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« Morning Thoughts: Our Time Is Now | Blog Home Page | Veeps II: Clinton's Revenge »

Veeps: The Case For...

As we wrote this morning, Barack Obama yesterday floated the idea that Virginia Governor Tim Kaine would be on his short list for a position in the administration. Convenient, given that Virginia holds its primaries today and given that Kaine is the most high-profile Democrat in the state who's chosen a candidate (Former Governor Mark Warner, running for Senate, has not backed a candidate, and neither has Senator Jim Webb).

Obama's public mullings about who would fill his cabinet and got us thinking, and the popularity of Veepstakes, over at the RCP Blog, got us wondering: Who would be a good fit for Obama, Hillary Clinton and John McCain? Today, we're offering the case for a few candidates for each contender in three different posts: Four real contenders, a long-shot hail Mary pick and one candidate to strike from the list.

We'll begin with the junior senator from Illinois, and that governor he was talking about:

Tim Kaine: Watch Virginia's voting pattern today. The incumbent governor, his predecessor and Webb have all won with huge margins in Northern Virginia's suburbs and exurbs, along with increasingly close contests in the state's southern third. If Democrats can tip Virginia toward their column, it will do a lot to getting the party back in the White House. John Kerry tried to woo North Carolina to his side by pulling John Edwards on board, a strategy that didn't work. Virginia is much closer to going blue than North Carolina, and picking Kaine could do the trick. Kaine is young, has management experience Obama lacks and can speak with a southern accent, which would help Obama at least keep the South close.

Kathleen Sebelius: The Kansas governor, like Kaine, helps Obama with management experience he lacks. Obama's outside-the-Beltway message would work well with a Midwestern Democrat elected in the reddest of red states, not once but twice, and he sort of owes her: Her endorsement, the day after the State of the Union, went a long way in advancing the storyline that Obama was starting to gain big-time red state backing, a great way to make the electability argument. And here's a bet to take odds on: If Obama picks Sebelius, she could even put her home state in play. That's not as crazy as it sounds; the Kansas Republican Party has long been split between conservatives like Sam Brownback and more moderate members like Pat Roberts and Bob Dole. Those moderates voted for Sebelius twice, and while they would most likely go with McCain, there's a chance for a big red state coup.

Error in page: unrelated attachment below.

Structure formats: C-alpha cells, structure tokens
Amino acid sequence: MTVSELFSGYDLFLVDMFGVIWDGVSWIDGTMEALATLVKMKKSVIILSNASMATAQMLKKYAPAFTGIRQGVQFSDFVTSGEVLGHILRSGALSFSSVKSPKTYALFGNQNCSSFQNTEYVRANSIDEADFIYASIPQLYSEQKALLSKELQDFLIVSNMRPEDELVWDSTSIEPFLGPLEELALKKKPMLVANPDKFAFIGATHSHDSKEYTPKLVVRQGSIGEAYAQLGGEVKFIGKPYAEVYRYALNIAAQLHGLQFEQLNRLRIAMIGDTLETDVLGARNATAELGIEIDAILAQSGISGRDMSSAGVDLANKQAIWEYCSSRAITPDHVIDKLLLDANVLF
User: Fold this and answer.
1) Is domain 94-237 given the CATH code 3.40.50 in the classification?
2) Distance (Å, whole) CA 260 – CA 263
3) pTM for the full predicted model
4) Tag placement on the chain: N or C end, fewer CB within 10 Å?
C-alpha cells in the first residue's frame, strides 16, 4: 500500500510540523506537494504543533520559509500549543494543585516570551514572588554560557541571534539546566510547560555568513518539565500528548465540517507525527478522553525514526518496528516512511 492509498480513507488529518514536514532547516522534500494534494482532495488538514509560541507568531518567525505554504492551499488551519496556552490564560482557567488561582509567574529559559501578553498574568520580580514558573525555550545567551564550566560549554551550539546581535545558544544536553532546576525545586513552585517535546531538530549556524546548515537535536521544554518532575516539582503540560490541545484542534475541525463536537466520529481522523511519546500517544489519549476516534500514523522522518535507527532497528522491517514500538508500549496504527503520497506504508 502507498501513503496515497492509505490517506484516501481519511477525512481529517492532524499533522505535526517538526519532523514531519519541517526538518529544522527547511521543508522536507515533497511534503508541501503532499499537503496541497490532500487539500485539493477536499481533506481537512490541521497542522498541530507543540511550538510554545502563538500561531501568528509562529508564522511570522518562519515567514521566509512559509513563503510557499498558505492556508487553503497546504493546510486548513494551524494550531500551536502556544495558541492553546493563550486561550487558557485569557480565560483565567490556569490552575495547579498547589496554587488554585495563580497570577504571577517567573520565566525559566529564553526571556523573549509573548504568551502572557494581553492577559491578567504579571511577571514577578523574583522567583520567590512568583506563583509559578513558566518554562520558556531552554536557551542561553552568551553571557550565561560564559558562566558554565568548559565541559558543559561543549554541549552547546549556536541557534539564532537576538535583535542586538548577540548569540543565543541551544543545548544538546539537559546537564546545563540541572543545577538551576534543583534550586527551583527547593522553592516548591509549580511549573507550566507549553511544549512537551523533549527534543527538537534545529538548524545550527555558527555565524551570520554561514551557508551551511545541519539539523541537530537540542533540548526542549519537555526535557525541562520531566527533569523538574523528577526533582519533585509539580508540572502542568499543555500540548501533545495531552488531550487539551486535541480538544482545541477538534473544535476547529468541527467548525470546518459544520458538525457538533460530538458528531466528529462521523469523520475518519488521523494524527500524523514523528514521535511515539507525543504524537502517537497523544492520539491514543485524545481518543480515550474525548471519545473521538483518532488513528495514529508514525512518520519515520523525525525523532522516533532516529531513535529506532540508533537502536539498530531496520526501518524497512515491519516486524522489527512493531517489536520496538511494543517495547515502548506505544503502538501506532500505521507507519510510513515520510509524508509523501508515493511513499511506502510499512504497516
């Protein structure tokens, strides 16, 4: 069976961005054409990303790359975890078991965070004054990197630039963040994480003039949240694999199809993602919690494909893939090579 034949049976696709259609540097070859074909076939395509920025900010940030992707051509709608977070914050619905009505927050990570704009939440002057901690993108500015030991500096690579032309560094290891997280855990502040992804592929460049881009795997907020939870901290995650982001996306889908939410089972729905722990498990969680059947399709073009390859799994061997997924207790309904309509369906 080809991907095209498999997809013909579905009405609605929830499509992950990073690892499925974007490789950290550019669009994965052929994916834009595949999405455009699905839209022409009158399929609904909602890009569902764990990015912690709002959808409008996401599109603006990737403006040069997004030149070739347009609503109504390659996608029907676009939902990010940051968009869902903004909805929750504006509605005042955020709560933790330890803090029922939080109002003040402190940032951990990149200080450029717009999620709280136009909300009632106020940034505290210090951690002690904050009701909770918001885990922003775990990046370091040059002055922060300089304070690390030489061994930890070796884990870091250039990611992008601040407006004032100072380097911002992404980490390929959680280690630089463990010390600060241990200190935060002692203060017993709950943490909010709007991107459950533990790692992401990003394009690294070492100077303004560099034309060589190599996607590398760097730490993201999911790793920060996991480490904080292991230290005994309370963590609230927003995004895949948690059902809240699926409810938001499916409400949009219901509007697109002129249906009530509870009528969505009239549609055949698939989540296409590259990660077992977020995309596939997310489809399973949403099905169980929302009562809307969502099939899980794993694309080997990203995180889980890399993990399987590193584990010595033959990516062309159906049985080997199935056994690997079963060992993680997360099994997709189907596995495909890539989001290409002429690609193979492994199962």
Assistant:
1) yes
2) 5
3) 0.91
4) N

Claire McCaskill: After McCaskill's Obama endorsement, the two seemed attached at the hip. And while Obama won Sebelius' Kansas easily, he needed more help in McCaskill's Missouri, a state so close that several media outlets initially called it for Clinton before switching their projections. Missouri is a bellweather state, and a vice presidential nod could solidify its place in the Democratic camp this year. Plus, Obama the nominee will have just beaten Clinton, the first woman with a real shot at the White House, and he'll need to smooth some ruffled feathers with an important part of the Democratic base. As with Sebelius, picking McCaskill would go far toward healing those wounds. Don't forget, as well, that she was an auditor before winning the Senate seat. "When I was an auditor, stopping corruption in my home state," she could begin, feeding nicely into Obama's change message.

Jim Webb: Virginia's junior, and soon to be senior, Senator would, like Kaine, help move the state into the blue column. While Kaine brings managerial experience, Webb brings a military background, both as a member of the armed services and as former Secretary of the Navy, that both Democratic candidates lack. Webb fits the Obama message of bringing people together as well: A former Republican, he endorsed George Allen in 2000, then ran against him and beat him in 2006. A gun-toting ex-Marine former Republican Southerner would open a lot of new doors to Obama, probably as many, if not more so, than Kaine would.

Longshot: Mike Bloomberg: The billionaire Mayor, like Kaine and Sebelius, brings managerial experience to the table, and in a big way. Whether it's a Fortune 500 company he built himself or the largest city in America, he's been there, run that. And now that McCain looks like the GOP nominee, and assuming Obama wins the Democratic side, Bloomberg's hopes of swooping into the middle and attracting any votes for himself in the top spot have faded. The former Democrat-turned-Republican-turned-Independent doesn't add anything geographically, but he embodies competent management that remains a nice contrast with the Bush Administration. If Democrats keep hammering the notion that any Republican embodies a third term for President Bush, they're going to have to come up with someone who has made government work, and Bloomberg could be just that candidate.

Never Going To Be: John Edwards: The one-time vice presidential pick is old news. Obama wants his endorsement, and he wants Edwards' voters, but picking him for the number two spot brings too many negatives. Obama's argument that he was right the first time about Iraq is a powerful contrast with McCain, so why have someone on the ticket who voted the wrong way? In fact, why have someone who has apologized for a number of votes he took? Republicans are going to hammer Obama for lack of experience and, therefore, a lack of judgment. Picking Edwards only gives the GOP more fodder.

Check back in an hour for Hillary Clinton's veep possibilities.